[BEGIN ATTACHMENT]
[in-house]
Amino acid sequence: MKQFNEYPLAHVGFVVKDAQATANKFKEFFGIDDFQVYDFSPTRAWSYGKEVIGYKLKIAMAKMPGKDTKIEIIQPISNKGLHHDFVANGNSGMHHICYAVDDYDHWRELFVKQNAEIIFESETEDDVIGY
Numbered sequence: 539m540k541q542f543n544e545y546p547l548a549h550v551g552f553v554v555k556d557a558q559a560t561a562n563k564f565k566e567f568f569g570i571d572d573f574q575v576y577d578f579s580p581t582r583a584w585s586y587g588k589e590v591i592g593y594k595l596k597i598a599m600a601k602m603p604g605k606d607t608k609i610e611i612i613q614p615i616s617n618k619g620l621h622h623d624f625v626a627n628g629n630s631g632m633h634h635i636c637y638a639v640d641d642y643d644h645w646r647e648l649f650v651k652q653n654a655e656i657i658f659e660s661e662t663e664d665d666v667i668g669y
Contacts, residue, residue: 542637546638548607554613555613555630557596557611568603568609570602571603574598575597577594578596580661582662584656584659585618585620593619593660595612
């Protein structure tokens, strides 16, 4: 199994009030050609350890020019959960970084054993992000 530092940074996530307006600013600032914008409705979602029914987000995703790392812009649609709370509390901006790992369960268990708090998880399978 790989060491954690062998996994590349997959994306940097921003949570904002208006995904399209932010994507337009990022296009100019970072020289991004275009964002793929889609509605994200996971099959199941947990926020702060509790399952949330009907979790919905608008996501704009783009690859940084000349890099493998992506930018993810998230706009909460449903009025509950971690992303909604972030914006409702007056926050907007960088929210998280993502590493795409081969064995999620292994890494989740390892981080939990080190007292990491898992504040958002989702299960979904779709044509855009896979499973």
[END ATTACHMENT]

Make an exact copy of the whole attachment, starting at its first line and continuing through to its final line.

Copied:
[in-house]
Amino acid sequence: MKQFNEYPLAHVGFVVKDAQATANKFKEFFGIDDFQVYDFSPTRAWSYGKEVIGYKLKIAMAKMPGKDTKIEIIQPISNKGLHHDFVANGNSGMHHICYAVDDYDHWRELFVKQNAEIIFESETEDDVIGY
Numbered sequence: 539m540k541q542f543n544e545y546p547l548a549h550v551g552f553v554v555k556d557a558q559a560t561a562n563k564f565k566e567f568f569g570i571d572d573f574q575v576y577d578f579s580p581t582r583a584w585s586y587g588k589e590v591i592g593y594k595l596k597i598a599m600a601k602m603p604g605k606d607t608k609i610e611i612i613q614p615i616s617n618k619g620l621h622h623d624f625v626a627n628g629n630s631g632m633h634h635i636c637y638a639v640d641d642y643d644h645w646r647e648l649f650v651k652q653n654a655e656i657i658f659e660s661e662t663e664d665d666v667i668g669y
Contacts, residue, residue: 542637546638548607554613555613555630557596557611568603568609570602571603574598575597577594578596580661582662584656584659585618585620593619593660595612
């Protein structure tokens, strides 16, 4: 199994009030050609350890020019959960970084054993992000 530092940074996530307006600013600032914008409705979602029914987000995703790392812009649609709370509390901006790992369960268990708090998880399978 790989060491954690062998996994590349997959994306940097921003949570904002208006995904399209932010994507337009990022296009100019970072020289991004275009964002793929889609509605994200996971099959199941947990926020702060509790399952949330009907979790919905608008996501704009783009690859940084000349890099493998992506930018993810998230706009909460449903009025509950971690992303909604972030914006409702007056926050907007960088929210998280993502590493795409081969064995999620292994890494989740390892981080939990080190007292990491898992504040958002989702299960979904779709044509855009896979499973």